Nammigate: Danish Neocolonists Appropriate Beloved Icelandic Liquorice Skip to content
icelandic candy liquorice
Photo: Golli.

Nammigate: Danish Neocolonists Appropriate Beloved Icelandic Liquorice

The Danes are at it again: not content with centuries of exploitation, trade domination, and the impoverishment of the Icelandic people, the Danes have perhaps committed their greatest crime against our island nation in recent weeks by claiming a beloved Icelandic tradition as their own.

The controversy came to light when actor and comedian Vilhelm Neto brought the above post to light from Danish company, Lakrids by Bülow. The original post claimed that despite the limits of modern confectionary technology, Danish researchers were nevertheless able to combine the two sweets to make something entirely new: chocolate-coated liquorice.

Stating that he was “all in” to “start drama” with Denmark, Vilhelm Neto critiqued the Danish confectioners: “As if  some scientist barged in, sweaty and nervous, and said: ‘No, you can’t put the two together! It’s simply not possible!'”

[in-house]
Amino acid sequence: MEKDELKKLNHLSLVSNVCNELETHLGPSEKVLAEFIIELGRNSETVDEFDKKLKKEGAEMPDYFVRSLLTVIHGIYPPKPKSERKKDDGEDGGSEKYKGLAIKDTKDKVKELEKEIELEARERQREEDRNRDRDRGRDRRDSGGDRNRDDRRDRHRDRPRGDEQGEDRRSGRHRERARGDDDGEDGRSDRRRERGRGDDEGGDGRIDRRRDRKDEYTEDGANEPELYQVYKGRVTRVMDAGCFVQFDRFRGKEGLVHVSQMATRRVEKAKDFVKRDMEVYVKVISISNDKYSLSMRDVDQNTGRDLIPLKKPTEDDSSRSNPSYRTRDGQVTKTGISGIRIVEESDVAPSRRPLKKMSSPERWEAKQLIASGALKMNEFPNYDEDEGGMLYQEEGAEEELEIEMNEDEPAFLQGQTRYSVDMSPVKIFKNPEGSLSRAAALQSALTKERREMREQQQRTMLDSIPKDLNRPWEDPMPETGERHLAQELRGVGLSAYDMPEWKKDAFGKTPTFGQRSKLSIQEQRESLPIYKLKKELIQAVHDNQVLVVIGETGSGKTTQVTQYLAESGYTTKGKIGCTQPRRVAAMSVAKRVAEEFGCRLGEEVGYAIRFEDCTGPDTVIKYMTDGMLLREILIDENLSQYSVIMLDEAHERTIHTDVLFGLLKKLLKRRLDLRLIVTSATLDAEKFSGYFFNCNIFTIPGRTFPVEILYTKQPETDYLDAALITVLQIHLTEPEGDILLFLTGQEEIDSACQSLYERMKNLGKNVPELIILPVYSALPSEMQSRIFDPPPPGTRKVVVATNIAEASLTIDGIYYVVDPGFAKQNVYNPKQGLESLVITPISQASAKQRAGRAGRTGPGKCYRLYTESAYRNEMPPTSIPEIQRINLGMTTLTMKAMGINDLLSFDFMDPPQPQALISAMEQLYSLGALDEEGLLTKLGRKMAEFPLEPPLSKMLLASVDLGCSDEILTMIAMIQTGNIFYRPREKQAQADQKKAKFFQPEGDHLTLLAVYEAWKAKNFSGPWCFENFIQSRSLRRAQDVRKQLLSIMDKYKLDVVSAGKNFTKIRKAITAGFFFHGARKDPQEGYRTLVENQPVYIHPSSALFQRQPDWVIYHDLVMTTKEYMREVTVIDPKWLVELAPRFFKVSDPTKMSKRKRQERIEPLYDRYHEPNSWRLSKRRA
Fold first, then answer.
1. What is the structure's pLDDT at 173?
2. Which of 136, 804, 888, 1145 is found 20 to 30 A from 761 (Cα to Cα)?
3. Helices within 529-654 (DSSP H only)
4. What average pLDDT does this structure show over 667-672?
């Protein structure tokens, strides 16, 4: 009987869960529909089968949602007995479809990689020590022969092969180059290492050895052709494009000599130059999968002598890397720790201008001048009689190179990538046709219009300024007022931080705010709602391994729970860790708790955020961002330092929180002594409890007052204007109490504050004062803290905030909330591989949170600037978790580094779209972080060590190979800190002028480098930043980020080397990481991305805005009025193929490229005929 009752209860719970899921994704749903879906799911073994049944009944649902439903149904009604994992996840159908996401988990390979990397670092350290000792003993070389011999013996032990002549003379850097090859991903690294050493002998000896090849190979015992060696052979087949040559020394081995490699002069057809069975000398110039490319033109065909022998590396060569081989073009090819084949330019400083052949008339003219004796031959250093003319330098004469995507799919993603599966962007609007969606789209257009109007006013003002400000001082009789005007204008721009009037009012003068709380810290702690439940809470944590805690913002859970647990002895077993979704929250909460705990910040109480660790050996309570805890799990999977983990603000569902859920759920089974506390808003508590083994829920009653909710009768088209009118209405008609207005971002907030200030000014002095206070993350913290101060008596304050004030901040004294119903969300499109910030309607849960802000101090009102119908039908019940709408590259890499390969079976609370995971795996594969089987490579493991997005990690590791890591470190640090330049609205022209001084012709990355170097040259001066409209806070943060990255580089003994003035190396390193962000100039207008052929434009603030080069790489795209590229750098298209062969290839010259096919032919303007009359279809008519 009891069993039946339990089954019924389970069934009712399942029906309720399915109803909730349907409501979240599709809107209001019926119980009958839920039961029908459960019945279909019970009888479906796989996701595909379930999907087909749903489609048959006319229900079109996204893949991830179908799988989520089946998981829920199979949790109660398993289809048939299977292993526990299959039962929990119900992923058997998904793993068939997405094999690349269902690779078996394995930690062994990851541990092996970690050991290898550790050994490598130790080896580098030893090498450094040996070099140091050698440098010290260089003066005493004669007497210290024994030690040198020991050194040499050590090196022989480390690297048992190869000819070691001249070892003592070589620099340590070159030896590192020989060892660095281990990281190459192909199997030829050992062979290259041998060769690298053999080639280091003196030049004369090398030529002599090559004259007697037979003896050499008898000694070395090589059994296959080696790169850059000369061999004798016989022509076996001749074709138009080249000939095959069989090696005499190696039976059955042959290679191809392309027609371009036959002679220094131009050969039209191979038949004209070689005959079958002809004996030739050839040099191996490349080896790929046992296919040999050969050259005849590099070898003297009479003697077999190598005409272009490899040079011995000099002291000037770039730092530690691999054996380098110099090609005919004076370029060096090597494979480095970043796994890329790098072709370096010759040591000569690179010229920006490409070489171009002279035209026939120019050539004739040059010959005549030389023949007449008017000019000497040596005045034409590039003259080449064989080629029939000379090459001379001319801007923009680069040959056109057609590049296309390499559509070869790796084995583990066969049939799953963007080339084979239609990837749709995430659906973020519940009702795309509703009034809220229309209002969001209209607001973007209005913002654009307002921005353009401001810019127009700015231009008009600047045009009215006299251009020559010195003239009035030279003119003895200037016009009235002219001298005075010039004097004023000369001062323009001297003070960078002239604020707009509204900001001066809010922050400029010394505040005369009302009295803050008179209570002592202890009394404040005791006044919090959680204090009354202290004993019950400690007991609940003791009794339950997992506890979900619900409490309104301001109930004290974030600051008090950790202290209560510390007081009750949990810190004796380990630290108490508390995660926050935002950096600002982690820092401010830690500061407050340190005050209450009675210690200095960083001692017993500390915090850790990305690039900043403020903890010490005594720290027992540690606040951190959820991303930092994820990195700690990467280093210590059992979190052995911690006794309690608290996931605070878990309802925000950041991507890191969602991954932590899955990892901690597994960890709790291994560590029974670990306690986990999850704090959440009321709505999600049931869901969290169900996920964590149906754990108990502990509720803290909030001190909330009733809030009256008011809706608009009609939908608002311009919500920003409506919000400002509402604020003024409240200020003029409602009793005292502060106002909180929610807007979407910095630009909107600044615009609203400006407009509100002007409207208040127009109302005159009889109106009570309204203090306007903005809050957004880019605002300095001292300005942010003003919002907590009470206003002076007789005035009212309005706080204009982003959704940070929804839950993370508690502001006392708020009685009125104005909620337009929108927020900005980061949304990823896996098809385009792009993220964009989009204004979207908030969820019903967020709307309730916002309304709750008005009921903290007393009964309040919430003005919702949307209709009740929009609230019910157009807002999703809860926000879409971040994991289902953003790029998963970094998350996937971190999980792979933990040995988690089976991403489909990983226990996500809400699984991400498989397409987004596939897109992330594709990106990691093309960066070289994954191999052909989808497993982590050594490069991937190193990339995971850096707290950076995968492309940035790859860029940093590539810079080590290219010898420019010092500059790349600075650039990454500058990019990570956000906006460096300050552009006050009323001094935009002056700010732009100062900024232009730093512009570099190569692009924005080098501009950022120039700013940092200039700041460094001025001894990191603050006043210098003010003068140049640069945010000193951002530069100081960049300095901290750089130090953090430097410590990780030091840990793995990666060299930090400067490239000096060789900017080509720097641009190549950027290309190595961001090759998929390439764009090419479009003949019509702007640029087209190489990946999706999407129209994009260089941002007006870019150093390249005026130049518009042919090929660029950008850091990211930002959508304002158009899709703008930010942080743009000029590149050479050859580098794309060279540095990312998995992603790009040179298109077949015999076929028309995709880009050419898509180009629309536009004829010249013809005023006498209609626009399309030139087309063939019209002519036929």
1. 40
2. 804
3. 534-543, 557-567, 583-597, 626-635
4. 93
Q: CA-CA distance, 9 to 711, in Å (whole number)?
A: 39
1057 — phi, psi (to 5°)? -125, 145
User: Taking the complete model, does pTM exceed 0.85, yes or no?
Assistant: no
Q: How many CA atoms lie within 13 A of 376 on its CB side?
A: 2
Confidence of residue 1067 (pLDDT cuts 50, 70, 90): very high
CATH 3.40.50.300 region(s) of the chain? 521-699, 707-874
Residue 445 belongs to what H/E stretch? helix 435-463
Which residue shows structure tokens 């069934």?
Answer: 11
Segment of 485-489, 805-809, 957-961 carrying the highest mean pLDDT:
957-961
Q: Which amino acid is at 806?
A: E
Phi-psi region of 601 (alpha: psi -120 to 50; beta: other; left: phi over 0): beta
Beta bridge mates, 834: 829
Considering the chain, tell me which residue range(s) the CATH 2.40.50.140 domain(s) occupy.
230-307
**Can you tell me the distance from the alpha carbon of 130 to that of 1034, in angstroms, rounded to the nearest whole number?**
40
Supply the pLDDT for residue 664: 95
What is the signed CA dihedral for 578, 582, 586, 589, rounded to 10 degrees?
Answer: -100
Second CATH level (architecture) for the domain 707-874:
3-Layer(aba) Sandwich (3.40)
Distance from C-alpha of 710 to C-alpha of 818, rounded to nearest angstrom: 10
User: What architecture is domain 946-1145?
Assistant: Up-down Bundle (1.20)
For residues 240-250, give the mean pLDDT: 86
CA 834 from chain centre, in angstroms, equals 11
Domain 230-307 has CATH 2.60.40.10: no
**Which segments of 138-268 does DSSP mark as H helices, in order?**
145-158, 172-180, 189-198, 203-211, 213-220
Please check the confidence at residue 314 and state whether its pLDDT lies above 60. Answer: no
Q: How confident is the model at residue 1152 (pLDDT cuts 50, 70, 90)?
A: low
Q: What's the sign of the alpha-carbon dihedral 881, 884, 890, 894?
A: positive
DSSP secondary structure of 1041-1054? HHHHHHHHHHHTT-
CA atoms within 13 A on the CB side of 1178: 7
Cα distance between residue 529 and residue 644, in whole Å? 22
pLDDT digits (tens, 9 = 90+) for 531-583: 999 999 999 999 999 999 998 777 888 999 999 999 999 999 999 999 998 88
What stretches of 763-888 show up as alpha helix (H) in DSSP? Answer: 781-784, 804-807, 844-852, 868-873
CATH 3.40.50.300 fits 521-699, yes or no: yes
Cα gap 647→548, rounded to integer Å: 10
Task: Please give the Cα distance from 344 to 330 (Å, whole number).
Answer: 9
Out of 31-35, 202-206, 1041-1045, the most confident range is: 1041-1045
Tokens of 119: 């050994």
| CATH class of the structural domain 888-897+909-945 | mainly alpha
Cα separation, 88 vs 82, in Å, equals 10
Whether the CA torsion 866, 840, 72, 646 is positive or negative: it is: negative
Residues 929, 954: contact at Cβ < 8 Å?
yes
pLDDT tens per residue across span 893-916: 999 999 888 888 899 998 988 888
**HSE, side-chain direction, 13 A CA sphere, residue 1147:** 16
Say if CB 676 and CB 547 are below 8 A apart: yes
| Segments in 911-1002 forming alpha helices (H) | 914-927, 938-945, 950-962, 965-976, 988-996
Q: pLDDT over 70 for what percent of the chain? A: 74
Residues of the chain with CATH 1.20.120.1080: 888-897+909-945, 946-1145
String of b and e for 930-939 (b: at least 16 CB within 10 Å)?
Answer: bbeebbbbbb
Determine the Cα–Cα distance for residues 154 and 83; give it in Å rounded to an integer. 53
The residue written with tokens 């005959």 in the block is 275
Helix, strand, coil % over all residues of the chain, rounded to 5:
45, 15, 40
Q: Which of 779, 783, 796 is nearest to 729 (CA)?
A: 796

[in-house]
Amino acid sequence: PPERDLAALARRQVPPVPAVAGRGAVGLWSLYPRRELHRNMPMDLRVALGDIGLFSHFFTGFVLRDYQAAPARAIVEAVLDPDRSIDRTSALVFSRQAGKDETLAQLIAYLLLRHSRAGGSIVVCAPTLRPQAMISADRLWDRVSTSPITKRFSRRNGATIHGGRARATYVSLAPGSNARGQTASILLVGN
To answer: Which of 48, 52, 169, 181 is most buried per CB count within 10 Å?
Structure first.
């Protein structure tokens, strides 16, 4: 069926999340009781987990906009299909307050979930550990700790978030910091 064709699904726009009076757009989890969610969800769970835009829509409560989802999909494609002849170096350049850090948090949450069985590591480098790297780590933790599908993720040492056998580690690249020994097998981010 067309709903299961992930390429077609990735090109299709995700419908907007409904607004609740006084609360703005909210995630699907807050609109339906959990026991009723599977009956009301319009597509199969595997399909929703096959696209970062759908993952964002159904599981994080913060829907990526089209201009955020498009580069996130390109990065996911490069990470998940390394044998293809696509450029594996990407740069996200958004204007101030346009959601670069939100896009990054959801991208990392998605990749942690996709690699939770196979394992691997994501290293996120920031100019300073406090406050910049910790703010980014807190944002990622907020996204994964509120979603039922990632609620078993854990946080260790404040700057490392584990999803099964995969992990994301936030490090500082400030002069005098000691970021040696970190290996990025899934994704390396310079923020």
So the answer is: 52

As most visitors to Iceland will know, liquorice is a mainstay in most sweets, with chocolate-covered liquorice being especially beloved.

Pétur Thor Gunnarsson, managing director of the Icelandic confectioner Freyja, set the record straight in a statement to Vísir.

“These Danes are taking our honour,” he stated. “Already in 1984, our product called Draumur was on the market. This was the first of its kind.”

Draumur is one of Freyja’s most popular candy bars, consisting of two parallel straws of liquorice covered in milk chocolate. 

Since the release of Draumur, numerous other liquorce-chocolate sweets have been introduced to the market in Iceland.

According to original research by Iceland Review’s reporters, the Icelandic confections required relatively little research and development before hitting the market.

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